The author is based in Chicago. He is one of the 10 dairy analysts on the RaboResearch Food & Agribusiness team who monitor and analyze events and trends that impact the sector worldwide for Rabo AgriFinance and Rabobank clients.

The final milk production tallies for the fourth quarter of 2018 are complete. Based on what we anticipate is coming through 2020, Rabobank expects more challenges for U.S. dairy.

Collections from the Big 7 global dairy regions screeched to a standstill, growing by a meager 0.1 percent year over year. Farm gate milk prices were unable to mitigate or fully cover expensive inputs. Feeling the margin squeeze, dairy farmers around the world avoided a significant output boost in key exporting regions.

U.S. milk flows struggled to match historic averages, with growth at just 1 percent for the year. At the time of writing, the EU announced that production volumes showed continued contraction when compared to year-over-year totals. Tumbling milk collections in Australia are set for double-digit declines for the season.

Yet a diverging theme is apparent for other parts of the Southern Hemisphere. Brazilian milk supply has grown despite modestly rising production costs, while New Zealand posted stronger-than-expected milk production growth in January. However, higher-than-normal temperatures in February made for a nice finish to summer for ocean-side beachgoers in New Zealand, but that same heat stressed cattle, stalling the country’s supply growth.


Tom Bailey
Dairy analyst on the RaboResearch
Food & Agribusiness team

A challenging milk production environment is set to continue through the first half of 2019. Lingering weather impacts on feed quality and quantity will continue to play out for the EU, Australia, and now New Zealand for the closing months of the 2018 to 2019 growing season. As for the first quarter, collections for the Big 7 global dairy regions show a small decline in year-over-year milk production growth. This is the first time this has happened since 2016. In addition, production in the second quarter of 2019 also looks set to end in negative territory.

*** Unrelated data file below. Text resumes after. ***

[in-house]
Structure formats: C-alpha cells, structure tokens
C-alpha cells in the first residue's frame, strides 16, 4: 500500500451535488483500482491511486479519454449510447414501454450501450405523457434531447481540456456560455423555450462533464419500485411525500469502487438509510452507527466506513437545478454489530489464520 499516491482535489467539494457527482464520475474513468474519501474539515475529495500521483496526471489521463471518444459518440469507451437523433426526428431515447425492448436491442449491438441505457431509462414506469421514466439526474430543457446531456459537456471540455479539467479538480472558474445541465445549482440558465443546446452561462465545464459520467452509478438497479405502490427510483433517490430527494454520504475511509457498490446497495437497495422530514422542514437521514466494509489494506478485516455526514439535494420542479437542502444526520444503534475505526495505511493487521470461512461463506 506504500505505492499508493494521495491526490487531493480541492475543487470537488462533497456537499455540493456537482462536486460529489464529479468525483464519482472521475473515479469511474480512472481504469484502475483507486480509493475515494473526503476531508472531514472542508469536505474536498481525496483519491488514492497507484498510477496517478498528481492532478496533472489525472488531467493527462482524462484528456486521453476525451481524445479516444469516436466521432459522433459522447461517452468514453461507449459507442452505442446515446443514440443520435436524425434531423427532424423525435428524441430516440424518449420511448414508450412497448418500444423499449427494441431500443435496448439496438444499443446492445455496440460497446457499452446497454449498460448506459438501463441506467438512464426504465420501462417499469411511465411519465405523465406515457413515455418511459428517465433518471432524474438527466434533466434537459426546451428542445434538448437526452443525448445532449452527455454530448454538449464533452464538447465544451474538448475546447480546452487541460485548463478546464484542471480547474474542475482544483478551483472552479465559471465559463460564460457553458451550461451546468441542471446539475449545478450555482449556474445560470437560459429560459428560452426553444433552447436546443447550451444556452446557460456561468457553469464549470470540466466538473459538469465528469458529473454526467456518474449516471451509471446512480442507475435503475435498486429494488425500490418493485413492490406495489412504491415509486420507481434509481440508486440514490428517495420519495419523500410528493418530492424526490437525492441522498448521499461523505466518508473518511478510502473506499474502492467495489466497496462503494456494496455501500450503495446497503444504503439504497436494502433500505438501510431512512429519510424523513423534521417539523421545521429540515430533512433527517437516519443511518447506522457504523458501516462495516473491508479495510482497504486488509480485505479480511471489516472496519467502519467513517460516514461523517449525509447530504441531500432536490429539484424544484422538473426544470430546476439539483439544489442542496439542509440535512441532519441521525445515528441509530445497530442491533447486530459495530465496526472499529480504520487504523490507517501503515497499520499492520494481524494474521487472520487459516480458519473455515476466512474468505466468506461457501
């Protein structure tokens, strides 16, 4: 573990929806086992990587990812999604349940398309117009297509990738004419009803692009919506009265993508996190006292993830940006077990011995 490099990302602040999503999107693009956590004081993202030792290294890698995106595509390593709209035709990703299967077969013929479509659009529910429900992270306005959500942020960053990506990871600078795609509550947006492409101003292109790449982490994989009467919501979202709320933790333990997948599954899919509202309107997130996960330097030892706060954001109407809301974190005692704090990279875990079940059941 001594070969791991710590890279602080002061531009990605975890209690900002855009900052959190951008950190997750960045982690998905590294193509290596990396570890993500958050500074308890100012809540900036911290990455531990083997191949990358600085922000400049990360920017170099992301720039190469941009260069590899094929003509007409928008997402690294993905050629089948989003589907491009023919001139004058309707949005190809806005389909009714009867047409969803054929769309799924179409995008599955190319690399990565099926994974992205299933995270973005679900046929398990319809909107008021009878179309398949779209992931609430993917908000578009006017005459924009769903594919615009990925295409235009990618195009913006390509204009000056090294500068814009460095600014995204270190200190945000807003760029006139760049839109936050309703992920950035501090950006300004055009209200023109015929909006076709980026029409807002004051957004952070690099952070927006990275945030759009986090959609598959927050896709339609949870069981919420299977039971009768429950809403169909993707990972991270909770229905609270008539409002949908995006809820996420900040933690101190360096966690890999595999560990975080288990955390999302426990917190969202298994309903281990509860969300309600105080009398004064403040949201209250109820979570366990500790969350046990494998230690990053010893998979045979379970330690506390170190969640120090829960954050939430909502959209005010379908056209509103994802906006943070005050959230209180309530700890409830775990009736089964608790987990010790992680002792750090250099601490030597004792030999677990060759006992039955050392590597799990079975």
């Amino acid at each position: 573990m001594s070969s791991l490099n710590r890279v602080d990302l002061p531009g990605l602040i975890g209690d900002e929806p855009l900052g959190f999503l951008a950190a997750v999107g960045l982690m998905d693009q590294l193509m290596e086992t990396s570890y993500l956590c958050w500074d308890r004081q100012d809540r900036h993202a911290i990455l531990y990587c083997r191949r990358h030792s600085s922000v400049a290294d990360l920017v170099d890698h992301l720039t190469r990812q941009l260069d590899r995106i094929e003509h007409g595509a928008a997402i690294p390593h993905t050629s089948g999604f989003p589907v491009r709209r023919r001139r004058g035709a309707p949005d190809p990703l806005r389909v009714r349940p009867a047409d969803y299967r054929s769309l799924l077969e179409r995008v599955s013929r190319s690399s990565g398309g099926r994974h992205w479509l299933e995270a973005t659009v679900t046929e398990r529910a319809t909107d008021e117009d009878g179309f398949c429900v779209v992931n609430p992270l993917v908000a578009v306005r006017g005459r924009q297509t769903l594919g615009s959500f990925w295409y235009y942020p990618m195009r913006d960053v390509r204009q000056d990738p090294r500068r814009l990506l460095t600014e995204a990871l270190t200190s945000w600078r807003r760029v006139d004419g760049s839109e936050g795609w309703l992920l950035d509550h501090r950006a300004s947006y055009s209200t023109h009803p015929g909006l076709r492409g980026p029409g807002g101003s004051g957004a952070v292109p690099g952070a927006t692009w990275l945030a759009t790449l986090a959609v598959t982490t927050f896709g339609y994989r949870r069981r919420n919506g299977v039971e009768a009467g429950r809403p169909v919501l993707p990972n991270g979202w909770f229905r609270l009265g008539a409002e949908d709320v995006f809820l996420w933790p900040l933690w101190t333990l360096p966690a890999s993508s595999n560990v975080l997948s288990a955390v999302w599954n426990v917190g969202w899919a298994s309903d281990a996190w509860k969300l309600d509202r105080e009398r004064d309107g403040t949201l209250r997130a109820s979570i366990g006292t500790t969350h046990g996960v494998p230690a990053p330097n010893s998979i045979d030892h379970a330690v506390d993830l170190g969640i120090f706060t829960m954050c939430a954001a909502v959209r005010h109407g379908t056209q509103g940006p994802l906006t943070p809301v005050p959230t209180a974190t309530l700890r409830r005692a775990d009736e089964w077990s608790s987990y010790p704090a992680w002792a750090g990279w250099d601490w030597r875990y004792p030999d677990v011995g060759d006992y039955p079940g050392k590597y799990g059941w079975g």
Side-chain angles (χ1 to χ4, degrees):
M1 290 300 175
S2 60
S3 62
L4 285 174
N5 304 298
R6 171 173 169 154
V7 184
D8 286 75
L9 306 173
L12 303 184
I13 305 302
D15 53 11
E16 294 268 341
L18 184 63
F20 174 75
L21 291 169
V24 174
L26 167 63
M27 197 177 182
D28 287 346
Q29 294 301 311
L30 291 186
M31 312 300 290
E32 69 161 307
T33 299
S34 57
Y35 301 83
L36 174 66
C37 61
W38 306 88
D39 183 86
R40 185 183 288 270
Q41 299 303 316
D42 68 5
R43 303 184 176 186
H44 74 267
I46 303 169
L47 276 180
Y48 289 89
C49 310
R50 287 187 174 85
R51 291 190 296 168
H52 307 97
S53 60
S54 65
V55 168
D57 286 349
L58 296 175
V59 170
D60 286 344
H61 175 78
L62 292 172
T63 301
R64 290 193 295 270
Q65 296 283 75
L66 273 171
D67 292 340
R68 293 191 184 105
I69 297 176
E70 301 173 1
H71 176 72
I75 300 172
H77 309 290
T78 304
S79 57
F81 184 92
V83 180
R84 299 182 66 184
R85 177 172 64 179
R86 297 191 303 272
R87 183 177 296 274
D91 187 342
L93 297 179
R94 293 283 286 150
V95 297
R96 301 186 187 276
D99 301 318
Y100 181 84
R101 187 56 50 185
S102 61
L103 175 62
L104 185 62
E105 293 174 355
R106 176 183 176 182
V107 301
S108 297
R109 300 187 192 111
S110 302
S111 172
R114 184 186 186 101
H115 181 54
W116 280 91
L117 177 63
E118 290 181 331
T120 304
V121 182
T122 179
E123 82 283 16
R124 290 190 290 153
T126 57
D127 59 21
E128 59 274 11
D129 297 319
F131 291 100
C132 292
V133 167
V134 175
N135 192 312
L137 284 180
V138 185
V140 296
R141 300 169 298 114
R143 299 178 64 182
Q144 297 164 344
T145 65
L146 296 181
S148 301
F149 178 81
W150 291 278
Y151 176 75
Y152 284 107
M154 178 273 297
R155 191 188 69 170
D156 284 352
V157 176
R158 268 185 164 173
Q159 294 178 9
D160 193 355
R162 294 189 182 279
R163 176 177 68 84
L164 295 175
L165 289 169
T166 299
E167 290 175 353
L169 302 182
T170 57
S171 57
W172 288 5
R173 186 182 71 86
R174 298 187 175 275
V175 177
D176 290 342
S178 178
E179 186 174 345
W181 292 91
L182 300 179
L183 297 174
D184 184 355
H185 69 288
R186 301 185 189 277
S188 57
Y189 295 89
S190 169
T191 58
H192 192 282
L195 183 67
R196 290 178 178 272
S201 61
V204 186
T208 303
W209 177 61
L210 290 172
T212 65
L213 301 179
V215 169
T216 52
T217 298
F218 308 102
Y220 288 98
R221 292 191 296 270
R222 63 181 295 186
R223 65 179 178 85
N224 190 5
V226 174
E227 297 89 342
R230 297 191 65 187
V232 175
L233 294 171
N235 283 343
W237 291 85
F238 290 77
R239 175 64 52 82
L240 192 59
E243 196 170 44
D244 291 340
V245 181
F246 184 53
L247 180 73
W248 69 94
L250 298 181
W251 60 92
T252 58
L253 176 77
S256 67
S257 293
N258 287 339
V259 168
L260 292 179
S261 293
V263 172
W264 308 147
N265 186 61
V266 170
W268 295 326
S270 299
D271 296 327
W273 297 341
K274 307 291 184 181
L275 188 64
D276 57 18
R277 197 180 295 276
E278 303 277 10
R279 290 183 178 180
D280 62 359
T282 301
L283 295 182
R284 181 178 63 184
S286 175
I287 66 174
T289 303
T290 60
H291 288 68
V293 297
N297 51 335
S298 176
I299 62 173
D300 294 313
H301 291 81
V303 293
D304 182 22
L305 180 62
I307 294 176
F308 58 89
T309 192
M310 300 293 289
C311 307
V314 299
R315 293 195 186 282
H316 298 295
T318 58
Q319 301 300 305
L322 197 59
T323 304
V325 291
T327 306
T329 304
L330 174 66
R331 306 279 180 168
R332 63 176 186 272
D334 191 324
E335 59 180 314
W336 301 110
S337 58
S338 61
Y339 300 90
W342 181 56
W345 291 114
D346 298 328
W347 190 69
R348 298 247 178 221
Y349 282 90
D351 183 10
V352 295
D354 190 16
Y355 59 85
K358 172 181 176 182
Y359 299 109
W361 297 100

The lower-than-expected milk supply brought nervous buyers back into the market in droves, and international prices during the first quarter rocketed up. The New Zealand global dairy trade auction saw prices climb 18 percent from December 2018 to March 2019, while whole milk powder (WMP), in particular, enjoyed a 25 percent lift over the same period. The lid has lifted on skim milk powder (SMP) pricing, particularly of Oceania-origin, as European intervention stocks were depleted much sooner than anticipated. However, commodity prices in the U.S. have yet to realize the full price rally experienced elsewhere, with SMP/NFDM (nonfat dry milk) well below other international prices.

EU butter premiums, which have generally been well above the international market, have declined by more than 1,100 euros per metric ton since the fourth quarter of 2018. These reductions are due to ample butter supply and weakened demand. Today, EU butter is trading at a discount of around 100 euros per metric ton.


After a strong start to the year in terms of demand growth, a healthy dose of uncertainty remains for the remainder of the year. The geopolitical landscape casts ominous clouds over the global economy and threatens to weaken demand for dairy products in developing markets and U.S. exports. Chaos reigns over Brexit, a U.S. government shutdown stalled U.S. growth in the first quarter, and trade war tremors continue to reverberate across continents.

U.S. tariffs remain firmly in place as do retaliatory tariffs on U.S. products. This has already cost U.S. dairy exporters substantial loss of market in Mexico as EU players won big on recent tenders that historically were a shoo-in for U.S. companies. Meanwhile, any trade deal between the U.S. and China continues to be pushed further out into the year as details are yet to be fleshed out.

Telltale signs of economic concerns are reflected by the Federal Reserve reverting to a “dovish” tone on interest rates, indicating they are unlikely to follow previous plans for multiple rate hikes. This is aligned with Rabobank’s view that there will likely be a U.S. recession in the second half of 2020.


More specifically for dairy, U.S. retail sales are wobbling along, and the demand outlook appears weak. Retail prices are set to rise, and food service demand growth has slowed, according to the Bureau of Labor Statistics. Economic challenges in South America continue to impact consumption, while retail sales in Australia remain patchy. U.S. food service demand, however, remains steady, as well as modest EU consumption growth forecast for 2019.

For the time being, significant pressure remains on net exportable surplus available from key exporting markets, like the U.S. and New Zealand, for the second quarter of 2019. Volumes for export will remain tight across the remainder of 2019, with production set to modestly improve into 2020.

Assuming macroeconomic fundamentals do not significantly weaken further in 2019, current settings will underpin elevated milk prices for the first half of 2019. However, clear risks remain firmly skewed to the downside across the more distant horizon. Milk supply growth is expected to return, combined with a weaker economy, leaving excess milk on the table for the market to absorb. Lastly, important to watch is African Swine Fever (ASF), China faces significant losses of their hog herd due to (ASF), creating downside risk to whey pricing through the next 18 months.”